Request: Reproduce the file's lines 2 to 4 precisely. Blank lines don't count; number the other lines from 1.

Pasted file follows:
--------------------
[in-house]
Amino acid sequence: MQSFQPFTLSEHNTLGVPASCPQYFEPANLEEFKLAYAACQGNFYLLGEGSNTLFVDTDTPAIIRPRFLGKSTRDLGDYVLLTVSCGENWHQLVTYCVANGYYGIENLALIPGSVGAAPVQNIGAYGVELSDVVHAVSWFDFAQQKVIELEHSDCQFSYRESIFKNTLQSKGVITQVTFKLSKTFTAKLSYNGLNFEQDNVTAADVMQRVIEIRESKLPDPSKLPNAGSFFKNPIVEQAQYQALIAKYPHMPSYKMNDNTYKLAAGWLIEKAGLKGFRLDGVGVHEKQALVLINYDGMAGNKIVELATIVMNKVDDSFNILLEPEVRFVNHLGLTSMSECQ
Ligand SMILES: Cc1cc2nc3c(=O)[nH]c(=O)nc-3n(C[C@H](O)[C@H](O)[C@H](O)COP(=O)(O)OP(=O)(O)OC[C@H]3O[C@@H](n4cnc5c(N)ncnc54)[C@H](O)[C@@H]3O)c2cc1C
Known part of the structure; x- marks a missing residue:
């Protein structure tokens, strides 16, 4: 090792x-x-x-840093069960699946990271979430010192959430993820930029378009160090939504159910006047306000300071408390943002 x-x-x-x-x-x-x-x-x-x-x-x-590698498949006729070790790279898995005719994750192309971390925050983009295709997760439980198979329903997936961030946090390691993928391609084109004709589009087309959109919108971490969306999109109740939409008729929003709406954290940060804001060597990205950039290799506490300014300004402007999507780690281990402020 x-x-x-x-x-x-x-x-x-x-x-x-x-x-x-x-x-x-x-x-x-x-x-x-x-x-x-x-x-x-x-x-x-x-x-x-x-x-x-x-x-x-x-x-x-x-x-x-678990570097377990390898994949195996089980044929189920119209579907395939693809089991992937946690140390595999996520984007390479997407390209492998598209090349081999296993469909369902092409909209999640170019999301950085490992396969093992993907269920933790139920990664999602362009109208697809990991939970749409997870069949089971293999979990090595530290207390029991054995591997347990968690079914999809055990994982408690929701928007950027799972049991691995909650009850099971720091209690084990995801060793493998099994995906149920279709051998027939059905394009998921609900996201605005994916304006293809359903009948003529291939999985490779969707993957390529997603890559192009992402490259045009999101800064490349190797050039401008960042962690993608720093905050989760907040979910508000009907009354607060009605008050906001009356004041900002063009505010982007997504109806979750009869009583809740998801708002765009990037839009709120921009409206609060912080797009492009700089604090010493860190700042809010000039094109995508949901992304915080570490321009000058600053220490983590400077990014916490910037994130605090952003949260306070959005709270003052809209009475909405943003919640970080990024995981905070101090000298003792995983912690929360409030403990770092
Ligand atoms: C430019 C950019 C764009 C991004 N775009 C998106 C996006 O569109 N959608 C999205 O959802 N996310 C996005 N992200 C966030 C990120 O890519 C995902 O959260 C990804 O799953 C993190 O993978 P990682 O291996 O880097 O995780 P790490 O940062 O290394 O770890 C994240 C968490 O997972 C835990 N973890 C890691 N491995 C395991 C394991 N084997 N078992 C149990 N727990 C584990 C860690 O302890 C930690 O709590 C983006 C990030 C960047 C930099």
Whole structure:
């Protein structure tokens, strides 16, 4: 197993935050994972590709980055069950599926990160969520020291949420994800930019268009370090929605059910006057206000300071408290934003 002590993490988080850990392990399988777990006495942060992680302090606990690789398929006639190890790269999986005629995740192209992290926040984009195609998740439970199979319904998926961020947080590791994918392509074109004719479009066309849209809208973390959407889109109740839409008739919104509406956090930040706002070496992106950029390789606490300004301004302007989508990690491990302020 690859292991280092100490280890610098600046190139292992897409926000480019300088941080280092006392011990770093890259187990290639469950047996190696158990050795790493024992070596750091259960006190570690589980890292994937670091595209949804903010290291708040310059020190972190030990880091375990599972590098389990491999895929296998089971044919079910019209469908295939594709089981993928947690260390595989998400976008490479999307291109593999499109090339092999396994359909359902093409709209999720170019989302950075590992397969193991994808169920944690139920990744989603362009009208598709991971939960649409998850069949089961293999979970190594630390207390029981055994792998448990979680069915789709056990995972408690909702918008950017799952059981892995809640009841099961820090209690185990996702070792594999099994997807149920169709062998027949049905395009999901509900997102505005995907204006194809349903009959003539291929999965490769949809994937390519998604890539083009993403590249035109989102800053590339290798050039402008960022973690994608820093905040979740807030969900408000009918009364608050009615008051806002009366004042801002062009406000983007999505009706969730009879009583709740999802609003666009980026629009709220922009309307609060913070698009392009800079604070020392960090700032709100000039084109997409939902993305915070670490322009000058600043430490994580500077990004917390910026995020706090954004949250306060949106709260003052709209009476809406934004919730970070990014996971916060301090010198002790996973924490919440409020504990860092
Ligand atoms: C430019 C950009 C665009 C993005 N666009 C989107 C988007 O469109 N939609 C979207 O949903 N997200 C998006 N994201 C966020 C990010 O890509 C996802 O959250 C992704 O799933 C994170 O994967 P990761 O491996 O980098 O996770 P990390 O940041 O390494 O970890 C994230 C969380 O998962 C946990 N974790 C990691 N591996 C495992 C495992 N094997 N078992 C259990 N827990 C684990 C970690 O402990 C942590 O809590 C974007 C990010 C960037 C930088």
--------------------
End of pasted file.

Amino acid sequence: MQSFQPFTLSEHNTLGVPASCPQYFEPANLEEFKLAYAACQGNFYLLGEGSNTLFVDTDTPAIIRPRFLGKSTRDLGDYVLLTVSCGENWHQLVTYCVANGYYGIENLALIPGSVGAAPVQNIGAYGVELSDVVHAVSWFDFAQQKVIELEHSDCQFSYRESIFKNTLQSKGVITQVTFKLSKTFTAKLSYNGLNFEQDNVTAADVMQRVIEIRESKLPDPSKLPNAGSFFKNPIVEQAQYQALIAKYPHMPSYKMNDNTYKLAAGWLIEKAGLKGFRLDGVGVHEKQALVLINYDGMAGNKIVELATIVMNKVDDSFNILLEPEVRFVNHLGLTSMSECQ
Ligand SMILES: Cc1cc2nc3c(=O)[nH]c(=O)nc-3n(C[C@H](O)[C@H](O)[C@H](O)COP(=O)(O)OP(=O)(O)OC[C@H]3O[C@@H](n4cnc5c(N)ncnc54)[C@H](O)[C@@H]3O)c2cc1C
Known part of the structure; x- marks a missing residue: